Unquestionably, our greatest challenge was to control spending. Almost 60 percent of our budget was on "automatic pilot," meaning it was automatically increased each year without a vote of the legislature or a signature by the governor. We had actually reached a point where more than all of our revenue growth was spent each year even before the legislature convened.

We lacked accountability in the spending of our tax dollars. Instead of relying on our elected officials to choose the right amounts--instead of holding them accountable for taxes and spending--we had a government on autopilot. Public employee unions and liberal interest groups dominated the policy agenda.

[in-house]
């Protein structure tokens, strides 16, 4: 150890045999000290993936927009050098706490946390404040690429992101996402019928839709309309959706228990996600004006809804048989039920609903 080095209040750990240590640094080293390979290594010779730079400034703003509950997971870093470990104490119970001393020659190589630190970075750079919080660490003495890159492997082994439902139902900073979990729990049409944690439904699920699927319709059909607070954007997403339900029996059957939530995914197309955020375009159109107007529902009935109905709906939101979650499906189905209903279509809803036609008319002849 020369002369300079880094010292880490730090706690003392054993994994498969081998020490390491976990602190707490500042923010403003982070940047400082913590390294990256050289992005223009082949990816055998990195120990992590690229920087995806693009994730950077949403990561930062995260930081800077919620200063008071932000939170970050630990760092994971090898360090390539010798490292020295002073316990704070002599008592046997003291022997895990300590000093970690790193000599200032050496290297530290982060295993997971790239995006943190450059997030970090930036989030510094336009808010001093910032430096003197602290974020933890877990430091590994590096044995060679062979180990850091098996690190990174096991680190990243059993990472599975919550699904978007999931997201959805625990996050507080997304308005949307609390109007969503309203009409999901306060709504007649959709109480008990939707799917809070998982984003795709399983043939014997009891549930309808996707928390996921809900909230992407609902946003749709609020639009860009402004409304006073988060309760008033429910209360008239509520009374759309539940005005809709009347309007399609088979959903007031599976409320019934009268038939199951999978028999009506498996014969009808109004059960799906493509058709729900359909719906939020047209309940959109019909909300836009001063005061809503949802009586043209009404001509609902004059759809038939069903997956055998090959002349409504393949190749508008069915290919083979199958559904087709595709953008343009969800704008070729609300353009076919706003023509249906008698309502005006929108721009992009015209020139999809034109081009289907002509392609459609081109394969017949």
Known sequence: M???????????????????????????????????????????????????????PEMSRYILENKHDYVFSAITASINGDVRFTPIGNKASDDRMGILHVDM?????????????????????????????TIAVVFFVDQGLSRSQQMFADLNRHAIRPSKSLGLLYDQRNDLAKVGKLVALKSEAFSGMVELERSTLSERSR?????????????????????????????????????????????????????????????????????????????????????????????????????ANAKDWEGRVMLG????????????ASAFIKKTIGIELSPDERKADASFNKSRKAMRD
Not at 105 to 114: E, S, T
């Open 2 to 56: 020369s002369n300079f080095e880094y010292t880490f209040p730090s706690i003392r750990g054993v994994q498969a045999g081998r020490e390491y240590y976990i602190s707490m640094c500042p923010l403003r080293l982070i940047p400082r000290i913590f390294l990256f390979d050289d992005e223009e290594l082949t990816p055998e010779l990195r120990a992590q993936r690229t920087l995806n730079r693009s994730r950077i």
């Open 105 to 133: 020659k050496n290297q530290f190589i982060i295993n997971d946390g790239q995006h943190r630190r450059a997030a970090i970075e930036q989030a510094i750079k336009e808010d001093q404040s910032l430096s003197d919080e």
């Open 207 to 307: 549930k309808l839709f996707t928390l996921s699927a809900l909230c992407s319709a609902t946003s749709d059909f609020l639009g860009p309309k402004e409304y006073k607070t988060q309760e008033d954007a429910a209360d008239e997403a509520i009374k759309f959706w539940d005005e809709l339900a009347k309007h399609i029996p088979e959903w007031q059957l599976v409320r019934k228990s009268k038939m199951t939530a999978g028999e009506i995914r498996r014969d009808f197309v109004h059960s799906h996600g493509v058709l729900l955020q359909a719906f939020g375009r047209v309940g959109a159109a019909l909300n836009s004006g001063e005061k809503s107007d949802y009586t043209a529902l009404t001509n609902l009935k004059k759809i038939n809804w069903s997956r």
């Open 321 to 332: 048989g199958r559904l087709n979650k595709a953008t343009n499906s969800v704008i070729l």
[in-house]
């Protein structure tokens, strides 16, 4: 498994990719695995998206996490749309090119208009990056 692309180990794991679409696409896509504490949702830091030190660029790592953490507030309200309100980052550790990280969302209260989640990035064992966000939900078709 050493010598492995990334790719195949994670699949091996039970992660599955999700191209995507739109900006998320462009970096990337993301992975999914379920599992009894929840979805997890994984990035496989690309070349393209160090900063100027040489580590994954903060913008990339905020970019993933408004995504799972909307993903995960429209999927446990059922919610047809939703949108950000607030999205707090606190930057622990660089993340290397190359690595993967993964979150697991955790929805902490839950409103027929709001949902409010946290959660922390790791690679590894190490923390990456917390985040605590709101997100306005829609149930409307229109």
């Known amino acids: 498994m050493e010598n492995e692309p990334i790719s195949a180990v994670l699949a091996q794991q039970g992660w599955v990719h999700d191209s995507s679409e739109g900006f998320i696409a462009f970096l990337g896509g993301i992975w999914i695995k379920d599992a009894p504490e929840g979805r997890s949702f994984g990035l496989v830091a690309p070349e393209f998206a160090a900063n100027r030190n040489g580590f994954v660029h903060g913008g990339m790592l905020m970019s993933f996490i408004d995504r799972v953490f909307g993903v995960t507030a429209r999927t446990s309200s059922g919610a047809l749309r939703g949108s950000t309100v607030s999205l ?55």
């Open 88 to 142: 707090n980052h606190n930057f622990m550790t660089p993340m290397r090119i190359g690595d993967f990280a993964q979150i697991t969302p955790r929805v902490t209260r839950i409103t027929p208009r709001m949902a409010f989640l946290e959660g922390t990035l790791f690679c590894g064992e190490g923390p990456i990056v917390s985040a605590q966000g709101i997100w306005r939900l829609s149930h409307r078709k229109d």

After nearly 20 years as a state legislator, lieutenant governor, and governor, in 1991 I reached a point where I was frustrated with the status quo and completely determined to bring about fundamental change--even if it involved taking a big political risk. What needed to be done was clear. To return Iowa to fiscal integrity, we had to control spending and reduce the size of government. These are phrases Americans have heard for a long time, but they are words we turned into action in Iowa.

Our first step was to take the state budget off of autopilot. Instead of increasing school funding without a vote of the legislature, we now require that the legislature and governor set the amount of school funding each year.